Seems Like a Million Bucks

Grades: 
K, 1, 2
This lesson centers around a beautiful piece of literature entitled, Sam and the Lucky Money. The students observe Sam as he makes a difficult decision between what he wants and what he knows is right. The students explore the benefits and costs of giving.
Duration 
PrintOne-Hour Class Period
Objectives 
The learners will:
  • relate the decision that Sam made to his/her own experience.
  • define and give examples of wants and needs.
  • differentiate between a profit and nonprofit business.
  • brainstorm places in the community that help people.
  • create red envelopes and design a lucky four-dollar bill.
  • decide to which nonprofit group they would like to make an imaginary donation.
Materials 
  • The book, Sam and the Lucky Money (see Bibliographical References)
  • Magazine or other pictures related to wants and needs (food, toys, house, clothes, etc.)
  • CD or cassette of Raffi’s “All I Really Need” (see Bibliographical References)
  • Red construction paper
  • Crayons
  • Light green paper cut into dollar-size rectangles
  • Glue sticks
  • Scissors
Bibliography 
  • Chim, Karen. Sam and the Lucky Money. New York: Lee and Low Books Inc., 1997. ISBN: 1880000539.

  • Raffi. All I Really Need. Baby Beluga. Rounder Records, 1980. ASIN: B0000003HD

Instructions

Print
  1. Anticipatory Set:What could you do with four dollars? Brainstorm a list of ideas. Encourage the students to think of a wide range of ideas from selfish to selfless, from practical to impractical, from healthy to unhealthy. Then ask them to silently pick their favorite or most likely choice. Tell them that you are going to read a story about a boy who has that choice. Ask them to listen to how the boy makes his decision.

  2. Show the book, Sam and the Lucky Money. Point out the title on the front. Then show the Chinese characters on the back. They stand for “Lucky Money.” Explain to the students that this title is located on the back cover because in China this would be the front of the book. Chinese is read from right to left.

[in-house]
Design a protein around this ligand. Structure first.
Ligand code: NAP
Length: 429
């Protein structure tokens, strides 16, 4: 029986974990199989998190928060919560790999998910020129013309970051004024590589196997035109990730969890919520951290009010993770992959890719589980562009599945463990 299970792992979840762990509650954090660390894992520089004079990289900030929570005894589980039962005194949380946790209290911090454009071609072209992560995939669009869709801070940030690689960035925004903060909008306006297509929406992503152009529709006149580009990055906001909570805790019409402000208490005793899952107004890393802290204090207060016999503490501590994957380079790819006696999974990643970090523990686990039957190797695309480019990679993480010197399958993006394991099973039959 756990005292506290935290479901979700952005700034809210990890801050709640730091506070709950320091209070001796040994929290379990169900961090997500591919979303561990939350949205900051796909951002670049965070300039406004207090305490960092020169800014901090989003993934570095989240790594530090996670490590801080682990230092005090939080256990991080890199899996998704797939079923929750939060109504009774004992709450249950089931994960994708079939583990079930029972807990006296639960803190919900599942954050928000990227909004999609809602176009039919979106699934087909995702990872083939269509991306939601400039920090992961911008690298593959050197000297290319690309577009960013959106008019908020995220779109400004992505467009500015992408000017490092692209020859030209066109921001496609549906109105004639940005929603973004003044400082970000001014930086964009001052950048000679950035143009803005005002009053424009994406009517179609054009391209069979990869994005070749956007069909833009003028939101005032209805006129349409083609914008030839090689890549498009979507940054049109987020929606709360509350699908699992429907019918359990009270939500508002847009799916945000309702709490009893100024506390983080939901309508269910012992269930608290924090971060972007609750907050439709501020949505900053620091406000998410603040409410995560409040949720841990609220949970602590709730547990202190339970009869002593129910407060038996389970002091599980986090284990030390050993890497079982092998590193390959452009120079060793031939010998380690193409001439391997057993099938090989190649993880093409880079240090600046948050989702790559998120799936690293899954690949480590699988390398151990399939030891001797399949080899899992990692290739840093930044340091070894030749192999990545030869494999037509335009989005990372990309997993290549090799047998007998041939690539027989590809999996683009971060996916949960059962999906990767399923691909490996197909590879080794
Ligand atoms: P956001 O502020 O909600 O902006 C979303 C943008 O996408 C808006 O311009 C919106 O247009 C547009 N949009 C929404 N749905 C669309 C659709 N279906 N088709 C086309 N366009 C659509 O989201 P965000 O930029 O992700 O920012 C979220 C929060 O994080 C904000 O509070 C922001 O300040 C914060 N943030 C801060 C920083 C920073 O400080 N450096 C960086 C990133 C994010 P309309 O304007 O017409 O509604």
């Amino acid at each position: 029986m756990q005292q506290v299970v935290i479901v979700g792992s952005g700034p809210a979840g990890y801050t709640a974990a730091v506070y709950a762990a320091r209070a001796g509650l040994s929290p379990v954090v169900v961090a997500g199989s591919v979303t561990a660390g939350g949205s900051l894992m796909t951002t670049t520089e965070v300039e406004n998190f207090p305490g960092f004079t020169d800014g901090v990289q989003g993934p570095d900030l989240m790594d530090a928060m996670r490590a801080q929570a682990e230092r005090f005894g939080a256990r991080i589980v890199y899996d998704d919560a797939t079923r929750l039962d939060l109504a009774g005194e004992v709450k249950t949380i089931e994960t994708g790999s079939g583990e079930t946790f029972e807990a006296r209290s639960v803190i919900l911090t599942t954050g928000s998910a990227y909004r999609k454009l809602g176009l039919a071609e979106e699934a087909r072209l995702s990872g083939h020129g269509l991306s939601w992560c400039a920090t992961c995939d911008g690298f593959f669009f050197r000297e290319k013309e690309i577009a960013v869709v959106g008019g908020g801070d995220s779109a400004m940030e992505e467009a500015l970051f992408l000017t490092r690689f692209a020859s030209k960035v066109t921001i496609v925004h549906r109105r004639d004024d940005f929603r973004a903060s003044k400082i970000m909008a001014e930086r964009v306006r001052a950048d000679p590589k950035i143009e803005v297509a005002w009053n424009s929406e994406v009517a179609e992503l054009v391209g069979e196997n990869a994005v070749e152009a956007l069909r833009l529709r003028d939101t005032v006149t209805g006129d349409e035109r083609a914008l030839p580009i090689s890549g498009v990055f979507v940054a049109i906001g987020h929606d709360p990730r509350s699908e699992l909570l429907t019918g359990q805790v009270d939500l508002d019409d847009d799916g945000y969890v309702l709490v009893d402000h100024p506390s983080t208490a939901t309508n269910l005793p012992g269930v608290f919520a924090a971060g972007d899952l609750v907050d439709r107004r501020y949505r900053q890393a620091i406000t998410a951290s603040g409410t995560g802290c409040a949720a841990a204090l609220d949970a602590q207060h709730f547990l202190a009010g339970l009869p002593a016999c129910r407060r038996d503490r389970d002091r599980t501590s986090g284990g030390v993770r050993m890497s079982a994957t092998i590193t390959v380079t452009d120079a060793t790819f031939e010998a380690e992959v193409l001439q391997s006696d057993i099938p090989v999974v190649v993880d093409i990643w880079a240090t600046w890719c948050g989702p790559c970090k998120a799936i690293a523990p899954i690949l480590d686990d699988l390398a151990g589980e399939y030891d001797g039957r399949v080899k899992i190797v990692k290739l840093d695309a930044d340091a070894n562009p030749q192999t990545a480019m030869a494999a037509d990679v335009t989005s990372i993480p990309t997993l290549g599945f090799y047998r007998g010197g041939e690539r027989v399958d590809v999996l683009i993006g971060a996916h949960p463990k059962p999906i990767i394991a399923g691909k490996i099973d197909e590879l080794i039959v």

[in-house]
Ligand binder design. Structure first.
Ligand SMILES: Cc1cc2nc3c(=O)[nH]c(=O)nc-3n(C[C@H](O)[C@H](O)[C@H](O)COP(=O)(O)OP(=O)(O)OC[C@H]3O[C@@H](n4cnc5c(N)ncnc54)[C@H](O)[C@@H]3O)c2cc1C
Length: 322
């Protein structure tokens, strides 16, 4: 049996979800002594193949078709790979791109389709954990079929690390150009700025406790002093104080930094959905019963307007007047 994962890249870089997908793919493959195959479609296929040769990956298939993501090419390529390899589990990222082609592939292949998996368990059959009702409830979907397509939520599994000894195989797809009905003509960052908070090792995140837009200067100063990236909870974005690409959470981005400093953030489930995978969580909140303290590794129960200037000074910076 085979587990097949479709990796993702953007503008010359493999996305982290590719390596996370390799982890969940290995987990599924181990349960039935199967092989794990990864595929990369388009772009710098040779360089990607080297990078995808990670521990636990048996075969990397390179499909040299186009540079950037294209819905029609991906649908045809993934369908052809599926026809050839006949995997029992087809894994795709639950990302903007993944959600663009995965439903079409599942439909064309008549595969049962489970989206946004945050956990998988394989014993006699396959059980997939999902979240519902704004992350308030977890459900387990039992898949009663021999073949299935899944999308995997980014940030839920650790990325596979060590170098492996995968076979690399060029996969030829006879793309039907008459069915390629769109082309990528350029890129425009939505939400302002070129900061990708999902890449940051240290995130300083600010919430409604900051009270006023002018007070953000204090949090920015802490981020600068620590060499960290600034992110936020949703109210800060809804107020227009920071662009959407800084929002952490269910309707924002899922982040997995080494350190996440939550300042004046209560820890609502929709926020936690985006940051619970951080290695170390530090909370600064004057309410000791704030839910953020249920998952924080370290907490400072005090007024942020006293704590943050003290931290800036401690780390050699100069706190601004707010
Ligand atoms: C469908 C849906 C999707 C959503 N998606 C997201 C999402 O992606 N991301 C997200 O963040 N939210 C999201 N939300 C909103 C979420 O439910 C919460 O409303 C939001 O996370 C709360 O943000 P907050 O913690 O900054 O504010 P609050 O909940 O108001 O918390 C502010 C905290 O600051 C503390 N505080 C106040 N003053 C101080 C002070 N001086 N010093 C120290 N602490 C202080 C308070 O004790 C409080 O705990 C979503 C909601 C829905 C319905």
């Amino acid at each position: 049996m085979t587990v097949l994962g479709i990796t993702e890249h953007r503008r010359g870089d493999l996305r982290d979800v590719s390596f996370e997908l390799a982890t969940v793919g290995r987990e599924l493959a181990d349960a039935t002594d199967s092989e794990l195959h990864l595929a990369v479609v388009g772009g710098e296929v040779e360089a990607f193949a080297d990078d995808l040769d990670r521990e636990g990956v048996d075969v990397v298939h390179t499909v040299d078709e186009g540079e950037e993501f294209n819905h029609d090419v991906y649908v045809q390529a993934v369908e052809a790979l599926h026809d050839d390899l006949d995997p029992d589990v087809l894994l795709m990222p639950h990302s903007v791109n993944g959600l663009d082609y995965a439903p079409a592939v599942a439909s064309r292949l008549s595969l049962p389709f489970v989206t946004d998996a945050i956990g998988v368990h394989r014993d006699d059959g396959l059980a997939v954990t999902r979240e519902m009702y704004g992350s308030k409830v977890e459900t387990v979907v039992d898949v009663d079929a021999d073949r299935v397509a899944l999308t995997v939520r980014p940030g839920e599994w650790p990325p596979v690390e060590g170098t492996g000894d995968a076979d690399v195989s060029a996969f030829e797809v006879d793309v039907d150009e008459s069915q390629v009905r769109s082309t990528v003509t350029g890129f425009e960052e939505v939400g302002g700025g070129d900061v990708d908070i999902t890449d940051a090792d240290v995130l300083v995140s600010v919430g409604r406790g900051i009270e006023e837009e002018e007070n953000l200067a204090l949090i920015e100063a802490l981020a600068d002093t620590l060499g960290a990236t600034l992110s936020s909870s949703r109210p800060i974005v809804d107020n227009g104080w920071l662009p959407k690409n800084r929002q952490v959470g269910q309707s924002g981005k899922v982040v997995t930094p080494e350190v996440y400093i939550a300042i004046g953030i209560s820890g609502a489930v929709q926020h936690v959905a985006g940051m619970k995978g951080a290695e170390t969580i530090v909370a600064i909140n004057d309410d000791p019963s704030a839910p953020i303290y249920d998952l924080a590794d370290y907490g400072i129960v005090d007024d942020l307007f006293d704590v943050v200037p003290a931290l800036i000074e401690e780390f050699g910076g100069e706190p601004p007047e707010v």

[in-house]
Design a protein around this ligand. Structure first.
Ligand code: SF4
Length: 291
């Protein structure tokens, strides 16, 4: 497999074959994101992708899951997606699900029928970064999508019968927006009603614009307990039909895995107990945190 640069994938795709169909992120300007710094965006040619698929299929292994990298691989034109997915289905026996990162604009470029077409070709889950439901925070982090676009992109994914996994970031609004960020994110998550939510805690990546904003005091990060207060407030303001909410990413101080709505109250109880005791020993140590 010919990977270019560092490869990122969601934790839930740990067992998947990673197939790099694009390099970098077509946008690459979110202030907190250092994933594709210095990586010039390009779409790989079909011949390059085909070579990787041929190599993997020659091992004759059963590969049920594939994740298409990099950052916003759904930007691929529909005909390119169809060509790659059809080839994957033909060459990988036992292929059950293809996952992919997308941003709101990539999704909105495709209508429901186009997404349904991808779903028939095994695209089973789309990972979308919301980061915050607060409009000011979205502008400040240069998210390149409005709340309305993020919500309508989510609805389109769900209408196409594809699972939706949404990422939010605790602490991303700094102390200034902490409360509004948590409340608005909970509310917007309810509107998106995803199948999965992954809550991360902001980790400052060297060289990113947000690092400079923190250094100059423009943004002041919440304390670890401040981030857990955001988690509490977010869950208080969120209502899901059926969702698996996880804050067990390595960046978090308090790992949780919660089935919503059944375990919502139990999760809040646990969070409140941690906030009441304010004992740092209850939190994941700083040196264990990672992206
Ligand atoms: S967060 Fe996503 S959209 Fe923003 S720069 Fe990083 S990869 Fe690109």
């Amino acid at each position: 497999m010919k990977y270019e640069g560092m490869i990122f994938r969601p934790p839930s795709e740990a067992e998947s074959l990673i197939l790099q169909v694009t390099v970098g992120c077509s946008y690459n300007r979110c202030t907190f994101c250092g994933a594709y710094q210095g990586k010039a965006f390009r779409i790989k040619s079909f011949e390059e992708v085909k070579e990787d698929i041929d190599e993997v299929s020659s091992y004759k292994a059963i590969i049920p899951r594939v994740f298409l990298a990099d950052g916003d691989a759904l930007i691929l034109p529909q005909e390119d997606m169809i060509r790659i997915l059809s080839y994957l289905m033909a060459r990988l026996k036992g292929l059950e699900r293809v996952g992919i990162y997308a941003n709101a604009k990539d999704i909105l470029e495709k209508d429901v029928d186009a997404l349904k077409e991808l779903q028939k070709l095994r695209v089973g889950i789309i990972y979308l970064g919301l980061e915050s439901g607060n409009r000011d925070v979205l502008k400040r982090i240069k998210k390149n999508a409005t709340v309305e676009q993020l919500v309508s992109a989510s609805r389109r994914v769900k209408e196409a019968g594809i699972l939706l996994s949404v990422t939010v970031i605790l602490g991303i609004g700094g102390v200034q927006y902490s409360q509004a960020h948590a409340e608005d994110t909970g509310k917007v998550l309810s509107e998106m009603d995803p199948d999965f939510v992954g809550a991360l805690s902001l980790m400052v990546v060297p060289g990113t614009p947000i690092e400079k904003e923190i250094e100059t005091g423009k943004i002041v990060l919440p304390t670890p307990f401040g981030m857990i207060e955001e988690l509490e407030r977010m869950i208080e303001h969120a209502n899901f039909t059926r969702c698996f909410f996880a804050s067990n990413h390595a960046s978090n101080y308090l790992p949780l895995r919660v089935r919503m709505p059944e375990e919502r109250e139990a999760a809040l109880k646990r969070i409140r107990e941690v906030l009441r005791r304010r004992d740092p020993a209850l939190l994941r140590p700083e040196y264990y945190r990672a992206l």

3. Remind them that you have read two stories that have taken place in China. Ask them to listen to this story and decide if this story is set in China too.
  4. Read the story and use the following questions to engage the students in discussion:
    • Does this story take place in China? (No) What clues gave you this answer? (Sam doesn’t speak Chinese—When the bakery woman spoke Chinese to him, he didn’t understand. The money he got for Chinese New Year was in dollars, not yen, or Chinese money.)
    • Where does the story take place? Why is the location important to the story?
    • How does Sam feel about his four dollars at the beginning of the story? (He feels rich. He is happy.)
    • How does Sam feel the first time he sees the old man with the bare feet? (Surprised and scared)
    • What did Sam want to spend his money on at first? (Sweet treats at the bakery) Why didn’t he buy anything there? (The tails on the fish cookies reminded him of the old man’s toes. Then there was a noise outside.)
    • What did Sam want to spend his money on next? (Toys at the new toy store.) Why didn’t he buy anything there? (He didn’t have enough money to buy the things he wanted.)
    • Now how does he feel about the four dollars? (Angry—He wonders “what four dollars is good for.”)